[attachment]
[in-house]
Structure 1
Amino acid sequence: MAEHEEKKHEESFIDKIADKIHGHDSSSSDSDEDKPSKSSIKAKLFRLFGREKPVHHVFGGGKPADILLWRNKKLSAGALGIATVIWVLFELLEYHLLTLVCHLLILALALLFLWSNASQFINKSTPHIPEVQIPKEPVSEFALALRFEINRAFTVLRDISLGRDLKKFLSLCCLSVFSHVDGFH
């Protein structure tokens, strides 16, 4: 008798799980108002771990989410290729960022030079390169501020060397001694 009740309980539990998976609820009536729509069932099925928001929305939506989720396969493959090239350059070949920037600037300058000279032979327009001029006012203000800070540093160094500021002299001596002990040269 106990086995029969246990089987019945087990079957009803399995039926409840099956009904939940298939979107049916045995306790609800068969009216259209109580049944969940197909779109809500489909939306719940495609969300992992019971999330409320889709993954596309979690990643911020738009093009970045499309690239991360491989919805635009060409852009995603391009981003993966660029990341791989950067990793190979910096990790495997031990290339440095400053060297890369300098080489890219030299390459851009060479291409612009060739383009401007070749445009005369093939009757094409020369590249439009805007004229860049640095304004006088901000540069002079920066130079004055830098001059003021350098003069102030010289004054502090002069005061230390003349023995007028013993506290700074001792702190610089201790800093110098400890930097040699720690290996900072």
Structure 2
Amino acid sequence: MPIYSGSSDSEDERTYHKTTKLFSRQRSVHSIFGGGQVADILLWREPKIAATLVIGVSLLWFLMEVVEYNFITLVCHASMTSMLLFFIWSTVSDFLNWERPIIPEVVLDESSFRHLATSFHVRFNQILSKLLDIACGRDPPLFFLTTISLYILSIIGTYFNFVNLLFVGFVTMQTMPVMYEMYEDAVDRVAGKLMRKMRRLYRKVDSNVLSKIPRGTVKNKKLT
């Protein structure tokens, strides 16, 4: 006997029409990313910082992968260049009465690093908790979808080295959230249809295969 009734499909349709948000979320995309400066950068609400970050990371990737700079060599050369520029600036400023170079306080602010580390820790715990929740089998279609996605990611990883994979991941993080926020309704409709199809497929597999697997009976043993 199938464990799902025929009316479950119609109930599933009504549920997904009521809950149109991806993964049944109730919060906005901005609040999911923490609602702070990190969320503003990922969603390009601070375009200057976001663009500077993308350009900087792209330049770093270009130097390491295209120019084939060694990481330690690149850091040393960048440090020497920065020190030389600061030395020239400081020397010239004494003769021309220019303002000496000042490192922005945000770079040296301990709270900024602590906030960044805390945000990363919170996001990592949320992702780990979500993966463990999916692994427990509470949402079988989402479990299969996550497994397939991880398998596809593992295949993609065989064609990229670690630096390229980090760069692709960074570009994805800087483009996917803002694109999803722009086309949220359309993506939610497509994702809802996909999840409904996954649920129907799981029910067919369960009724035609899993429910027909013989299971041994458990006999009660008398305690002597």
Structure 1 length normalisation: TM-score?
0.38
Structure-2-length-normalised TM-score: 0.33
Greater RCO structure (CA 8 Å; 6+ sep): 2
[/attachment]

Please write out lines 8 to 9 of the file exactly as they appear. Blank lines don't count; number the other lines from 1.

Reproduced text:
Structure 1 length normalisation: TM-score?
0.38